Yeast is used in bread and alcohol production. Alcohol fermentation is the process that yields beer, wine, and other spirits. The carbon dioxide given off during fermentation supplements the carbon dioxide given off during the Krebs cycle and causes bread to rise.

yeastbuds       bread     images (2)



When muscles contract too frequently (as in strenuous exercise) they rapidly use up their oxygen supply. As a result, the electron transport system and Krebs cycle slows down as well as ATP production. However, muscle cells have the ability to produce a small amount of ATP through glycolysis in the absence of oxygen. The muscle cells convert glucose to pyruvate. Then the enzyme lactate dehydrogenase in the muscle cells converts the pyruvic acid to lactic acid. This reaction regenerates NAD+. Eventually the lactic acid buildup causes intense fatigue and the muscle cell stops contracting.
randy-orton-246        300px-Illu_muscle_structure



It is a rare genetic metabolic disorder that affects an individual’s ability to metabolize the sugar galactose properly. There are three forms of this disease Galactose-1-phosphate uridyl transferase deficiency, Galactokinase deficiency or Galactose-6-phosphate epimerase deficiency.

Infants with galactosemia can develop symptoms in the first few days of life if they eat formula or breast milk that contains lactose. The symptoms may be due to a serious blood infection with the bacteria E. coli.

  • convulsions
  • irritability
  • poor feeding habits where the baby refuses to eat formula containing milk
  • poor weight gain
  • yellow skin and whites of the eyes (jaundice)
  • vomiting

gal 1

gal 3


The above photo indicates that the absence of the GALT enzyme leads to health problems as indicated above.


Sir had mentioned…

What is the Cori Cycle?

It is also known as the  Lactic acid cycle. It is a metabolic pathway in carbohydrate metabolism that  links anaerobic glycolysis in muscle tissue to gluconeogenesis in the liver.

How is it important to metabolism?

  1. The Cori cycle involves 2 organs, the contracting muscle and the liver.
  2. It functions in anaerobic conditions when the muscles are contracting under reduced oxygen.
  3. The contracting muscles produce lactate (instead of pyruvate proceeding to acetyl CoA to TCA cycle) which is supplied to the liver.
  4. In the liver gluconeogenesis converts lactate to pyruvate and glucose.
  5. Glucose is then metabolised by contracting muscle via glycolysis, to pyruvate and acetyl CoA under aerobic condition (sufficient oxygen), and acetyl CoA enters TCA cycle. Otherwise the glucose goes through anaerobic glycolysis and the Cori cycle goes on till oxygen is sufficient.


Cori cycle



Ńέω Țσpїς ―› ●Ģłγςσļγšїš●



From this week the new topic to be investigated by this blogger is…can you guess? Yes it is Glycolysis. First let me start with a definition of glycolysis: it is a metabolic pathway which takes place in every single cell in its cytosol. It does not have any specific organelle to take place in but uses the cell’s cytosol for its purpose.

There are ten reactions which takes place in this pathway involving the use of 3 irreversible and 7 reversible reactions. It is divided into two stages:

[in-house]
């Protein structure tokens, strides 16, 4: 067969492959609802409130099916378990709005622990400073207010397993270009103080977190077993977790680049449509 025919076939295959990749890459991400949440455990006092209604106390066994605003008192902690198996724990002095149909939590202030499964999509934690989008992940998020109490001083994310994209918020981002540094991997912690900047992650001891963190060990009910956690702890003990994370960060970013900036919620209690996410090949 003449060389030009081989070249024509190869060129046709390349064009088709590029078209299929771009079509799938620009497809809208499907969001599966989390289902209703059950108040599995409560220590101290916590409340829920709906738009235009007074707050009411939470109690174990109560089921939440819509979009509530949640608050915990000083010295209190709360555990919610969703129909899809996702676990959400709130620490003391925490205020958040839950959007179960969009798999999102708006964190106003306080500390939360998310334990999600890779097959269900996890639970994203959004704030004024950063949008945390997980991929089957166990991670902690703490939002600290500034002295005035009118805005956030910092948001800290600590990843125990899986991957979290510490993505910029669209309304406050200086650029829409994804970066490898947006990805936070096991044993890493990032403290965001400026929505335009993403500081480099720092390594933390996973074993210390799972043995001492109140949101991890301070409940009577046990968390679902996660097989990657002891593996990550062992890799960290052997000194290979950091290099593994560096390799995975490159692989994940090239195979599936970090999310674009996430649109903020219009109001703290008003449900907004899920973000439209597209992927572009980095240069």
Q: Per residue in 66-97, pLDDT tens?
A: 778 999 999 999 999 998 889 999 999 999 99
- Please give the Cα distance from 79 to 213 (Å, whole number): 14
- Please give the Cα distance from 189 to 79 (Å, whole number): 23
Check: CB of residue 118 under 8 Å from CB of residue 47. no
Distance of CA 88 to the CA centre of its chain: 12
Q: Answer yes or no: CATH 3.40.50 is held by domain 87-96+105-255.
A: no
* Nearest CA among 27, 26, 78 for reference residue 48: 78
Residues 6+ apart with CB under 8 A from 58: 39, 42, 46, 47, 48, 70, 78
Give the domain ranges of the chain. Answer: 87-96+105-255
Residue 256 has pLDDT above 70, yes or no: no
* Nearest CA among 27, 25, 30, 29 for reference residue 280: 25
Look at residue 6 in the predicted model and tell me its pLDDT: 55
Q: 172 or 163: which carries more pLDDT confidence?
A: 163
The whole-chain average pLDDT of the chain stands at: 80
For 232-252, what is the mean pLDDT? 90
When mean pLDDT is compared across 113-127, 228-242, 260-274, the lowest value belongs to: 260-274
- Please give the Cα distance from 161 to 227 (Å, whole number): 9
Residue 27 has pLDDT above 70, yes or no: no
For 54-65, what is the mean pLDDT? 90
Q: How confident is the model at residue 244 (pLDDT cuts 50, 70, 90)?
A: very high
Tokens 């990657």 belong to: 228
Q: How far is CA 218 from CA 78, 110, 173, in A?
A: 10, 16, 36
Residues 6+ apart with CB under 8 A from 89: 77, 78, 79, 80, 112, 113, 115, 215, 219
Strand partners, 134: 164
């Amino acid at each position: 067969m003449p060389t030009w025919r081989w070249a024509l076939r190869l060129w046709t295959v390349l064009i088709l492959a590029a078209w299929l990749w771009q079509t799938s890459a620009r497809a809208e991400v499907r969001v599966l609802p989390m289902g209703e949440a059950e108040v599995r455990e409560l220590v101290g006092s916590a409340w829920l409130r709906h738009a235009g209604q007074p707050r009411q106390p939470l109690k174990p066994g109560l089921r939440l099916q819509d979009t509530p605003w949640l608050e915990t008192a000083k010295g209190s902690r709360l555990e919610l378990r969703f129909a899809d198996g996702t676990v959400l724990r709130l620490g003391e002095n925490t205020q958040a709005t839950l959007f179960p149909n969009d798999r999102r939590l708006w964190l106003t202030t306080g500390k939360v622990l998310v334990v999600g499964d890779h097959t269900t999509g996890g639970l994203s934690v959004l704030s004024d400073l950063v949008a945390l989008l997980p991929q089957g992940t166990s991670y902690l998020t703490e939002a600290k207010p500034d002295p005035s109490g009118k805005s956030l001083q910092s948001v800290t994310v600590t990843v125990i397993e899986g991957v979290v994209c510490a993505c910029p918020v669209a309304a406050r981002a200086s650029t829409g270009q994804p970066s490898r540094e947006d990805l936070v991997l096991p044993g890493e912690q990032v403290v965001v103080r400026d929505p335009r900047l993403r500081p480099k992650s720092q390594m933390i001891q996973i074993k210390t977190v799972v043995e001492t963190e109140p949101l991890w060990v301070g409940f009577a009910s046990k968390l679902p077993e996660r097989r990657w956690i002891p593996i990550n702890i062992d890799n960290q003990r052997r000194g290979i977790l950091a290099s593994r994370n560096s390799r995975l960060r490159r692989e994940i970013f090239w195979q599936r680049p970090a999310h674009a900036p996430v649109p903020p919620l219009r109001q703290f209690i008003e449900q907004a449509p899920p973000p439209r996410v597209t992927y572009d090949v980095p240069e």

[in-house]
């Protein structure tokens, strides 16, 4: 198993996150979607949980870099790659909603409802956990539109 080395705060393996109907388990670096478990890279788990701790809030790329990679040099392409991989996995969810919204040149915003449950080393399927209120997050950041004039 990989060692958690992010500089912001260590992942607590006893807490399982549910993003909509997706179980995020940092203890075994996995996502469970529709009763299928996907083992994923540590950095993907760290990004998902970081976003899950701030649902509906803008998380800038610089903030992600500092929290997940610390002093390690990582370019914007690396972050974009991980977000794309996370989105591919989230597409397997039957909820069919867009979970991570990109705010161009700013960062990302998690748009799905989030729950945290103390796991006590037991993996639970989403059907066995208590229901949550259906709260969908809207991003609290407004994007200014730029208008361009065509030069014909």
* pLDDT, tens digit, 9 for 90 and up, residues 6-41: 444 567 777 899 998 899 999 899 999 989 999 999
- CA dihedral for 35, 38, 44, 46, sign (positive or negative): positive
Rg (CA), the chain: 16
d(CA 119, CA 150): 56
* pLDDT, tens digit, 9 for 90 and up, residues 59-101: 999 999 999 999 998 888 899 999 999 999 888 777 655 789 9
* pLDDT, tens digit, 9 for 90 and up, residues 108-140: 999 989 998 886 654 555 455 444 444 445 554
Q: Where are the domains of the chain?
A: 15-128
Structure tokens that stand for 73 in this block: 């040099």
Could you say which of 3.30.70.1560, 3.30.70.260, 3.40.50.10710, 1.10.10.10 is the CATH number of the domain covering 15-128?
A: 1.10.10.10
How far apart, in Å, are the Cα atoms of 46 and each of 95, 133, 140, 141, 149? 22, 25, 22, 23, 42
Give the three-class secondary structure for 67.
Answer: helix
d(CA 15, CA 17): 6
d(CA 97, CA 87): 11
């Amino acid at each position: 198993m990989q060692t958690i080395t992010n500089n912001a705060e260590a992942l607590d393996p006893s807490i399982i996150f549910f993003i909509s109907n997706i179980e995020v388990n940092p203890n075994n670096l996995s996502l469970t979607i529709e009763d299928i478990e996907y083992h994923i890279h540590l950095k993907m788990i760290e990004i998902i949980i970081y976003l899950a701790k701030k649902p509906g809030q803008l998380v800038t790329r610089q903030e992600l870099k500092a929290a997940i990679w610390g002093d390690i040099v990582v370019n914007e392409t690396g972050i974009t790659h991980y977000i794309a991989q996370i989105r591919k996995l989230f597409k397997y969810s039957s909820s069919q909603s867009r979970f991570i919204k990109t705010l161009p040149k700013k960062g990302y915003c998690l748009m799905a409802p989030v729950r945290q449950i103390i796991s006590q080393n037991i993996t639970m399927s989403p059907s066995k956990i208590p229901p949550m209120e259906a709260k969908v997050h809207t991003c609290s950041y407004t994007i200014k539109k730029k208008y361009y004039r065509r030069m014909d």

Preparatory Phase

STEP 1. glucose is converted to glucose 6-phosphate by the enzyme hexokinase which is an irreversible reaction. One molecule of ATP is used for this conversion.

[Irreversible reaction is where delta G – activation energy has a high negative value therefore if it was to go in the opposite direction it would require a high positive activation energy]

STEP 2. glucose 6-phosphate is converted to fructose 6-phosphate with the use of the enzyme phosphohexose immerase which is a reversible reaction.

[Reversible reaction is where the delta G is close to zero and it can go in both directions]

STEP 3. fructose 6-phosphate is converted to fructose 1,6 bisphosphate by the aid of the enzyme phosphofructokinase-1 (PFK-1). Another molecule of ATP is used for this conversion.

[Did you know? PFK-1 is the most regulated enzyme in glycolysis]

STEP 4. fructose 1,6 bisphosphate is then converted to glyceraldehyde 3-phosphate (G3P) and dihydroxy acetone phosphate (DHAP) by the enzymic reactions of aldolase.

[DHAP does not enter the second phase of glycolysis]

STEP 5. the enzyme triose phosphate isomerase comes into play to convert DHAP to a molecule of G3P.

[G3P and DHAP are isomers of each other]

Payoff Phase

STEP 6. glyceraldehyde 3-phosphate (2 molecules) is converted to 1,3 -bisphosphoglycerate (1,3- BPG) (2 molecules) by glyceraldehyde 3- phosphate dehydrogenase. Both and oxidation and phosphorylation reaction occurs at this step.

[Oxidation= 2NAD+ → 2NADH]

[Phosphorylation= 2Pi inorganic phosphates are added to carbon 3 on 1,3 BPG]

STEP 7. 1,3 -bisphosphoglycerate (2) is converted to 3-phosphoglycerate (2) by phosphoglycerate kinase. Two molecules of ATP is generated from this conversion and is broken even since ATP used in the first phase is compensated at this point.

[Substrate level phosphorylation- generation of ATP in glycolysis]

STEP 8. 3-phosphoglycerate (2) is converted to 2-phosphoglycerate (2) by phosphoglycerate mutase. The phosphate group is moved from carbon 3 to carbon 2.

STEP 9. 2-phosphoglycerate (2) is converted to phosphoenolpyruvate (2) by the enzymic reaction of enolase. It is a dehydrtion reaction since 2 molecules of water is lost.

STEP 10. phosphoenolpyruvate (2) is converted to pyruvate by pyruvate kinase. Two molecules of ATP is formed.

For every glucose molecule entering glycolysis 2ATP and 2NAP+ is used and 4 ATP  and 4 NADH generated.